Why is it worth slow feeding animals?

In their natural habitats wild horses as well as cows, bison, European bison, sheep or goats spend entire days wandering around and searching for food. They eat small amounts but pretty often. This is what their natural rhythm of life looks like. This is also what feeding at farms should look like.

What happens when hay is portioned and administered? In the case of horses, they are often given oats and a hay portion twice a day. Have we ever asked our animals what they feel when their feeders are empty (“the horse just ate a few moments ago”)?

Well, the fact that the horse ate its hay portion a few moments ago does not mean that it will not be hungry in a few moments. The lack of satiation results in anxiety, which, in turn, affects the use of a particular horse and its general psychological condition.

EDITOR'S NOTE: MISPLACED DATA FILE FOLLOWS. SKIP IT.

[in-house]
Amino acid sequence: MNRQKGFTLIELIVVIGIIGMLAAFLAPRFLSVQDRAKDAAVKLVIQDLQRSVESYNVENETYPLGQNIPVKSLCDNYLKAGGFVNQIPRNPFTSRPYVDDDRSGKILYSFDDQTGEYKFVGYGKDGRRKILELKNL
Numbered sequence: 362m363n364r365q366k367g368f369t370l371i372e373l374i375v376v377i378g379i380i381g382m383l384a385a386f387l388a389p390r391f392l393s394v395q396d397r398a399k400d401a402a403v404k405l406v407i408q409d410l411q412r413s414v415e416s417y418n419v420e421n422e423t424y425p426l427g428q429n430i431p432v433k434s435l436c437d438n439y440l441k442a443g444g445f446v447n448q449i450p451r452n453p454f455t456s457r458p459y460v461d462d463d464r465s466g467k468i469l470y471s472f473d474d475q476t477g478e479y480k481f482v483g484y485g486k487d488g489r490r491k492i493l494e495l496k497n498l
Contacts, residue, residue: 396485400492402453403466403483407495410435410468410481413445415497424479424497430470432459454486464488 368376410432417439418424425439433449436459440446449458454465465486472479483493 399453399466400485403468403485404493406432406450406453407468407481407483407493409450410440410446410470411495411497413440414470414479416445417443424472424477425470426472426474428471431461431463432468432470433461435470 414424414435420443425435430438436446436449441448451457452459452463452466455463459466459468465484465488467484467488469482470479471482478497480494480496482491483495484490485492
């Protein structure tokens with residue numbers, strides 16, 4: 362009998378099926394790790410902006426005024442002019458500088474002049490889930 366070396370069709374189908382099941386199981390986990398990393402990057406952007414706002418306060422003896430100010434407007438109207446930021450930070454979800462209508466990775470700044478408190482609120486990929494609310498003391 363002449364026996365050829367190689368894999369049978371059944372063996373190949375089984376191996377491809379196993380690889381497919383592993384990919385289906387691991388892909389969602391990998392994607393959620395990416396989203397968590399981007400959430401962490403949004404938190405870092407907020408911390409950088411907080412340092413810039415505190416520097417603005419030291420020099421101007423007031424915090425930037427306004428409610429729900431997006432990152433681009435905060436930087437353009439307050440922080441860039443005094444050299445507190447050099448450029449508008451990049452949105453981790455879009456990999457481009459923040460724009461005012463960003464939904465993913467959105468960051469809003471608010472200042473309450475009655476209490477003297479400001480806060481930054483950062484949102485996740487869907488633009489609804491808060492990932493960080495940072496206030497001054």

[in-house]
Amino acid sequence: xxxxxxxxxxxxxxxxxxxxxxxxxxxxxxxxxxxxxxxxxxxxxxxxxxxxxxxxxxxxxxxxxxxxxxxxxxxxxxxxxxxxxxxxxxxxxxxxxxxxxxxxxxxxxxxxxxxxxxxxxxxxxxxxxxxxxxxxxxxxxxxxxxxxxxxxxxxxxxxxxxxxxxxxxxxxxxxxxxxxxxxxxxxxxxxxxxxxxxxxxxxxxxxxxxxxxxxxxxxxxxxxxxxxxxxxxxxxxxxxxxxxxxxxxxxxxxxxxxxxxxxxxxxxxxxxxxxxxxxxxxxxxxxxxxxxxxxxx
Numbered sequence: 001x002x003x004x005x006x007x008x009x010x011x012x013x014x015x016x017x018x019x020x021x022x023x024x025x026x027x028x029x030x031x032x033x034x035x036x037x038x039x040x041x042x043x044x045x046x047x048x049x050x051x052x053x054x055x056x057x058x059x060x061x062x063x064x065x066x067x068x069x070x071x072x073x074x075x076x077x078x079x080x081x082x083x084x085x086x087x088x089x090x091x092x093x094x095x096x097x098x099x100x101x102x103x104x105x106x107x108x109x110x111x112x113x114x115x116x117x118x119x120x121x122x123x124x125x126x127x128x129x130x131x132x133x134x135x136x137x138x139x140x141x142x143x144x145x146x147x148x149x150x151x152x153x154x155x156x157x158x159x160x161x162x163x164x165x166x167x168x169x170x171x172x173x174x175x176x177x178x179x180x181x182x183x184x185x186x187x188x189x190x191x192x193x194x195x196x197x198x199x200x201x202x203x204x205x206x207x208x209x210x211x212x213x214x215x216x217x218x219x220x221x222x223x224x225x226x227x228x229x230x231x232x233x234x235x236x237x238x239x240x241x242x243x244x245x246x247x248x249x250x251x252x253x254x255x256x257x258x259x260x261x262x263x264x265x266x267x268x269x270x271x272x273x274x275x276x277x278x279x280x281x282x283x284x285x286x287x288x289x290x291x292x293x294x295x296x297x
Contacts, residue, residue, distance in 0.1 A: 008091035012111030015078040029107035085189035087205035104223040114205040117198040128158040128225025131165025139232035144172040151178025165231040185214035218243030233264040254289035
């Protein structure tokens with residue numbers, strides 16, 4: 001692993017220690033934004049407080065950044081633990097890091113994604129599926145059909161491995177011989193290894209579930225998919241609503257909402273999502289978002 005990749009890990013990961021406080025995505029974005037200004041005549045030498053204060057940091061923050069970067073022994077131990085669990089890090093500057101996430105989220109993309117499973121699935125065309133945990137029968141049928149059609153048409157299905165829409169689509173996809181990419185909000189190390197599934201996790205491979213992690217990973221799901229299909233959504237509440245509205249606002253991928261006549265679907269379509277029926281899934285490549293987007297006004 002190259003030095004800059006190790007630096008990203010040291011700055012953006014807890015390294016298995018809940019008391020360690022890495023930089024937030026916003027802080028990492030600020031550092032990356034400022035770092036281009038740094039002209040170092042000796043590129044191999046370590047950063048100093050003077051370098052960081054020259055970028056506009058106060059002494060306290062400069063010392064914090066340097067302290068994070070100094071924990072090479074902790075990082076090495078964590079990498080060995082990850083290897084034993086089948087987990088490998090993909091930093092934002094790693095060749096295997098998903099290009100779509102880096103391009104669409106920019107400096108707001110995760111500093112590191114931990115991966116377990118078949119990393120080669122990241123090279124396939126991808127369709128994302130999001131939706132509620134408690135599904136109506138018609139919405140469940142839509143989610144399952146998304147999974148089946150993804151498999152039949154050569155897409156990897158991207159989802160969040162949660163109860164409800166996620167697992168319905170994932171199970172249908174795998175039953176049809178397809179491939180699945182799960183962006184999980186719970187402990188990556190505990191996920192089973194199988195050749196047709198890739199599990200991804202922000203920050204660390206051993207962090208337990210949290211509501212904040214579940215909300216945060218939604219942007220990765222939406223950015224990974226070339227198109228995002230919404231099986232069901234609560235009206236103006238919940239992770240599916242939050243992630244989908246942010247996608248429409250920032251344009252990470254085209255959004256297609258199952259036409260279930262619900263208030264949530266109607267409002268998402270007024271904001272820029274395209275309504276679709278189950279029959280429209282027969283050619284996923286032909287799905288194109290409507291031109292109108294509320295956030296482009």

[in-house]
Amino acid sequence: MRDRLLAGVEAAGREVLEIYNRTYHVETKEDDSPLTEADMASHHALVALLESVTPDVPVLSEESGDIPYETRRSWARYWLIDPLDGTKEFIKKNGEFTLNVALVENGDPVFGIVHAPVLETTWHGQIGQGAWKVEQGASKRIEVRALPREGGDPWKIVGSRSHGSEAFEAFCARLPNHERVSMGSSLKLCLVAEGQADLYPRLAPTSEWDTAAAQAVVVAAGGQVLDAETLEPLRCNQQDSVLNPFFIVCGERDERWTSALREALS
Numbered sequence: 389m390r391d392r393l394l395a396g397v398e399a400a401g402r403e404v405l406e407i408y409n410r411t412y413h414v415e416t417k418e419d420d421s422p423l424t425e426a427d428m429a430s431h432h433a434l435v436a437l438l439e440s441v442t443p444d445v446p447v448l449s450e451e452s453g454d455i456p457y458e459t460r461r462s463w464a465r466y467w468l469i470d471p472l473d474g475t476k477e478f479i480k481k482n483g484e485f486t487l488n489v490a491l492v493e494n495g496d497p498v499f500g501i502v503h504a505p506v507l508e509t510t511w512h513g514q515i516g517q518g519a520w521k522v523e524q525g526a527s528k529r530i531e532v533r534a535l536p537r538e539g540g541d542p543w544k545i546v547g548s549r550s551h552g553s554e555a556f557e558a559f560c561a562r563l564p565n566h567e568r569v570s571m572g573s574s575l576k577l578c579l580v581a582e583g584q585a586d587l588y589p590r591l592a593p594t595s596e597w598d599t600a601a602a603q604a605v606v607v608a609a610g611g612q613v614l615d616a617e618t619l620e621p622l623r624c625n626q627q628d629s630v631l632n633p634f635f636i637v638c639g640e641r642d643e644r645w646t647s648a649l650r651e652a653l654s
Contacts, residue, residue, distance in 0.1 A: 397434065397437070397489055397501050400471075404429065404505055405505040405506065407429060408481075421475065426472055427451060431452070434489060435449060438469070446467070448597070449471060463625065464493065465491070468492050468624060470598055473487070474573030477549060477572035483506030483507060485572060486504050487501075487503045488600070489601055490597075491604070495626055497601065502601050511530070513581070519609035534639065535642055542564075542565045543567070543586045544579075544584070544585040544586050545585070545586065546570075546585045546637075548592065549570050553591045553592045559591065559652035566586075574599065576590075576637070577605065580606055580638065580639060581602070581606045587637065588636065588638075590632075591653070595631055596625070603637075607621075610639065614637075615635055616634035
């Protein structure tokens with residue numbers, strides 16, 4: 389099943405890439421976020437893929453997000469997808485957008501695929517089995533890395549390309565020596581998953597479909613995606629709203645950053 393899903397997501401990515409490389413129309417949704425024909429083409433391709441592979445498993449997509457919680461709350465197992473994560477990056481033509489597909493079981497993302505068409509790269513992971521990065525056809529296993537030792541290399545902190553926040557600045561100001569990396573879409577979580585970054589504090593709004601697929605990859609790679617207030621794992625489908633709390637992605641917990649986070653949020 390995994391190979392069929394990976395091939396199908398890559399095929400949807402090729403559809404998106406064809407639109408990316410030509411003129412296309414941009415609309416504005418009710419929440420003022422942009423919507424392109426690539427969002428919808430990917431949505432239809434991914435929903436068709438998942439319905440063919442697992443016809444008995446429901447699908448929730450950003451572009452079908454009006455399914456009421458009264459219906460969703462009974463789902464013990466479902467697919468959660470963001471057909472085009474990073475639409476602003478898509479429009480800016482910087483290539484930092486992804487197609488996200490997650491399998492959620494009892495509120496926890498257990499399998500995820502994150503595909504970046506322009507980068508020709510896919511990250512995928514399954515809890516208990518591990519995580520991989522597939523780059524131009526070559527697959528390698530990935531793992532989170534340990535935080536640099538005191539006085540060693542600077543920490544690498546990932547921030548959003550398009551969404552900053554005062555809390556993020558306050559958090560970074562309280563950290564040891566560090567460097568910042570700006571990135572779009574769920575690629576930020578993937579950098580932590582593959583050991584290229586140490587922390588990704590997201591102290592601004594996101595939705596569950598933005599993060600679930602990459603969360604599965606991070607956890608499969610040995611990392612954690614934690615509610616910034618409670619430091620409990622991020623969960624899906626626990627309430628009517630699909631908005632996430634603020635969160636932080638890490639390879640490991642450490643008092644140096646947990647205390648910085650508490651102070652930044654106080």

Our main issue was feeding obese horses with a tendency to store excessive amounts of fat. Such tendencies are observed in horses of primitive breeds – Hucul, Konik, Fjord and others.

We have a natural farm of Fjord horses. Our horses were putting on weight literally before our eyes, out of the blue. This results from the specificity of the breed – while wandering across harsh and cold Norway, Fjord horses instinctively store fat in order to survive and generate body heat. Although they are not given oats, they eat grass during summer time and hay during wintertime, they were putting on weight too quickly.

We noticed that the horses would eat any amount of hay that was given to them. The rest is in turn meticulously mixed with bedding.

The wastage level made our heads spin.

We decided to do something about it and that is how we have come up with the idea of a hay net.